This short film follows Princess Hijab, a graffiti artist who skulks around the Parisian subway system, scribbling burqas on commercial advertising with a black Sharpie. The Princess appears to be a woman, but like other street artists (Banksy, for example), the true identity is unknown to protect her from police. Keep reading »
A chat with Roxana Shirazi is a delight. She’s thoughtful, articulate and you just want to steal that lovely, soft-spoken British accent out of her throat and run off with it. So it’s pretty easy to forget this London-based Iranian author has written the ultimate rock ‘n’ roll memoir about insatiable sex drives, peeing on rock stars, and cunnilingus with groupies.
The Last Living Slut: Born In Iran, Bred Backstage is one of the craziest memoirs I’ve ever read and not just for the stunning narrative arc. Although she writes about childhood growing up in Tehran, Iran, during the Iranian Revolution, and the sexual and physical abuse she suffers from her friends and family, Roxana also gives us a peek into a balls-out, X-rated life most of us couldn’t imagine. Co-published by Neil Strauss, author of The Game, and Anthony Bozza, her book is also about becoming a teenage belly dancer at underground London clubs, then a rock ‘n’ roll scenester who beds her rock star idols — guys from Guns N’ Roses and Buckcherry, to name just a few.
It’s funny. It’s gross. And it’s unlike any memoir I’ve ever read. So I called up the woman who carries around a vibrator in her purse and asked Roxana Shirazi to talk about growing up in a fundamentalist Islamic culture, her abortion, female jealousy, and the meaning of the word “slut.” Keep reading »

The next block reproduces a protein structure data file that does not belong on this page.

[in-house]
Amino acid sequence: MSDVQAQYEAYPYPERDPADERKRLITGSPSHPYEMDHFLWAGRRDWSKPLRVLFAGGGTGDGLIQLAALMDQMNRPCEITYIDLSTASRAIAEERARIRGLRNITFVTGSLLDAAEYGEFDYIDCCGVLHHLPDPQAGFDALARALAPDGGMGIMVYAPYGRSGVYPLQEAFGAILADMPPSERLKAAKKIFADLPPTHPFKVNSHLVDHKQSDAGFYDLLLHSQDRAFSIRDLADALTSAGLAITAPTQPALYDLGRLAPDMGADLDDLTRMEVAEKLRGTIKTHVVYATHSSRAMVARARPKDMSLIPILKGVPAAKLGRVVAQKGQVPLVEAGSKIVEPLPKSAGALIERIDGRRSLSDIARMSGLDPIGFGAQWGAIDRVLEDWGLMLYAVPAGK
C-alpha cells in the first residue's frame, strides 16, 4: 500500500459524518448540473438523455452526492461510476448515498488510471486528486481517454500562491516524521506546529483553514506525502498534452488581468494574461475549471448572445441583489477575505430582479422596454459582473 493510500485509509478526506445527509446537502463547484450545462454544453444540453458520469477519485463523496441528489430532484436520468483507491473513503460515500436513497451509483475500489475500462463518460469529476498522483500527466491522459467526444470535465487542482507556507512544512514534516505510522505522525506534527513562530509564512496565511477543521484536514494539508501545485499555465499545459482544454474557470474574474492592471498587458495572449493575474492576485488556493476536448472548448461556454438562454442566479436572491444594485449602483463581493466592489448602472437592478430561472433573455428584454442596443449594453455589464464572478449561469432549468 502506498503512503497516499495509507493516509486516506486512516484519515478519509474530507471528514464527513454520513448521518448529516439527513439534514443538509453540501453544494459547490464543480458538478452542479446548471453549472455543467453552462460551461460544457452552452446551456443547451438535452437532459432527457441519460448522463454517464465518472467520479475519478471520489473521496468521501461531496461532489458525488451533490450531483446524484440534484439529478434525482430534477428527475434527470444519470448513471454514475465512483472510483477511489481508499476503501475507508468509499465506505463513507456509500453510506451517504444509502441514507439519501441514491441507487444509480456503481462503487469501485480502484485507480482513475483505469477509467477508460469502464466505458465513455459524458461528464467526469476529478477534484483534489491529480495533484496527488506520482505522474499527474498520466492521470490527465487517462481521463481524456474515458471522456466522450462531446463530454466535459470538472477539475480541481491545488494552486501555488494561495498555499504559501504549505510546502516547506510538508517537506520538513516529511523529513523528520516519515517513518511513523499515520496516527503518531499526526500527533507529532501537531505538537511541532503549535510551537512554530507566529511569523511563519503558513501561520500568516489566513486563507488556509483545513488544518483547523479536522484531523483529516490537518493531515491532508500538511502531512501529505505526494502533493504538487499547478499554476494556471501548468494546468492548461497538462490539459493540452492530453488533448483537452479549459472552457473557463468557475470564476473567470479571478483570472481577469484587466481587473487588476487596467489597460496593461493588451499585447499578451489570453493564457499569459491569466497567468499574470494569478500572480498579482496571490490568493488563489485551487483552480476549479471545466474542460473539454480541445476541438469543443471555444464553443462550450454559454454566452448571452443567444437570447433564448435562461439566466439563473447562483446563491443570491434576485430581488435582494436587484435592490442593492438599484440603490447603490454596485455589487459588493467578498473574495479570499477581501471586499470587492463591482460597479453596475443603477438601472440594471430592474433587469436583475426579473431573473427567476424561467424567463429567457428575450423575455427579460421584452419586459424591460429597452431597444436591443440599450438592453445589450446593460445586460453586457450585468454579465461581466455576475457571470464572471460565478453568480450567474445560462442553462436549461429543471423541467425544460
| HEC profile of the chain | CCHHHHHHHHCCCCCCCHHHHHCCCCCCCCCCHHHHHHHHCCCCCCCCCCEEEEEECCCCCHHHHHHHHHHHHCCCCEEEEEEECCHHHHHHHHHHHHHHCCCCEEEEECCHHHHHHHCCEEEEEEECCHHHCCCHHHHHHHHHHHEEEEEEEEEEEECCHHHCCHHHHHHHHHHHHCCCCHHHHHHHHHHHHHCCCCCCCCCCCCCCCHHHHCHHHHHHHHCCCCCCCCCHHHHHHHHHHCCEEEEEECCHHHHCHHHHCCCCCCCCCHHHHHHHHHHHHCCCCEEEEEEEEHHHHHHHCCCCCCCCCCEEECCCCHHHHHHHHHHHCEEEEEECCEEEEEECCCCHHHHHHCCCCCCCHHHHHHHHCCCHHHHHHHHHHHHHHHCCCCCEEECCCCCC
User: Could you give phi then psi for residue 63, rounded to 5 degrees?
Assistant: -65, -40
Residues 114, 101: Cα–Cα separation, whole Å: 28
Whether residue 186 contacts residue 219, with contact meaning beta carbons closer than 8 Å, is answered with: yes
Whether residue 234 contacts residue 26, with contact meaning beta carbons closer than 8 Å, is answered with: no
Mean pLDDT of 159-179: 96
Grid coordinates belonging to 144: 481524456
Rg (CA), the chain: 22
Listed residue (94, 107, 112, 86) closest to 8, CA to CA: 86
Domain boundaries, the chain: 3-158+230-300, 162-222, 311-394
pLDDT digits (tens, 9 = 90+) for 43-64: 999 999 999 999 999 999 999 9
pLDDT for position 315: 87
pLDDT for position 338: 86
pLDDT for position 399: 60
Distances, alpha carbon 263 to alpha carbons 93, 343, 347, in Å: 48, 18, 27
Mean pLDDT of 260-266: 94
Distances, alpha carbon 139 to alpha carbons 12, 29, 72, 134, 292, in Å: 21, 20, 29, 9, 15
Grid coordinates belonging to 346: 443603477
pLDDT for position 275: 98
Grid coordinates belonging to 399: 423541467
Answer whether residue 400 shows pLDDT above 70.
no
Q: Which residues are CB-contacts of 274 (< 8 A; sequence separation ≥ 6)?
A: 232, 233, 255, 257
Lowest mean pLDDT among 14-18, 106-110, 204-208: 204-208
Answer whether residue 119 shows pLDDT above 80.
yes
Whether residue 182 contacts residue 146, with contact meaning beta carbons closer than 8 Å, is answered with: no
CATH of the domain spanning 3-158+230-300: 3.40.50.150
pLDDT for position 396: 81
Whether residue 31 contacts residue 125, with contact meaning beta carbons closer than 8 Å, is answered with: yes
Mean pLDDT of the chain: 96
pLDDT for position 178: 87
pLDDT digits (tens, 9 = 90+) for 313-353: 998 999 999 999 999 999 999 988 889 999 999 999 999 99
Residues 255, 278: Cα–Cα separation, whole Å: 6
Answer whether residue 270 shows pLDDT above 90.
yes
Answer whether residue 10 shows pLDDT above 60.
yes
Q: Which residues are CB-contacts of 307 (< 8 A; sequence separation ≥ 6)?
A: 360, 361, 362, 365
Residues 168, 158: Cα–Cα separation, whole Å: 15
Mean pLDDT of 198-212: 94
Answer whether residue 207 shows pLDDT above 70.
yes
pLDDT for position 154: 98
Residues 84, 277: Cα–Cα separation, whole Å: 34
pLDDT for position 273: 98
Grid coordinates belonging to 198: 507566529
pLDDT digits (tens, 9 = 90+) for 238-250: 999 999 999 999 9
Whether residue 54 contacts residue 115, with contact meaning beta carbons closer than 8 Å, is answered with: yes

Well, it’s official, folks, The Iranian Ministry of Culture and Islamic Guidance has declared our favorite ironic hairstyle, the mullet, illegal. But not because it’s a heinous fashion violation—it’s considered an un-Islamic Western ‘do and an example of the Western Cultural Invasion. Also forbidden for men are “the rooster,” a ponytail with spikey front and a close relative of the mullet. All other “decadent Western cuts” are off limits, too. The punishment for the crime of engaging in mulletry? First time violators get a buzz cut. Serial hair offenders face stiff fines. And barber shops offering decadent cuts will get shut down.
The Iranian government must be getting their fashion news via carrier pigeon because mullets and roosters stopped being in vogue, well, 30 years ago. Maybe we should tell them to get a head start on banning “The Pauly D”? “Jersey Shore” style and Islam definitely don’t mix. [NY Daily News, Slate] Keep reading »
Those “Jesus is My Homeboy” T-shirts had their moment. Now taking the spotlight in hip/ironic religious wear (who knew such a market existed?) is a company called Styleislam, which produces tees, hoodies, and jackets meant to spread positive promotion of Islam. Conceived as a way to peacefully combat anti-Muslim sentiments, the company’s statement explains that the designs and slogans—like “Muslim by Nature,” “I Love My Prophet,” and “Mini Muslim”—are “not only funky, they also have content. We communicate Islam in a language young people can understand, without sacrificing our values in the process.” While many of Styleislam’s fashions tend to show a lighthearted and cheeky side, others push more serious agendas. One women’s shirt reads in a powerful font, “Hijab: My Right, My Choice, My Life.” Keep reading »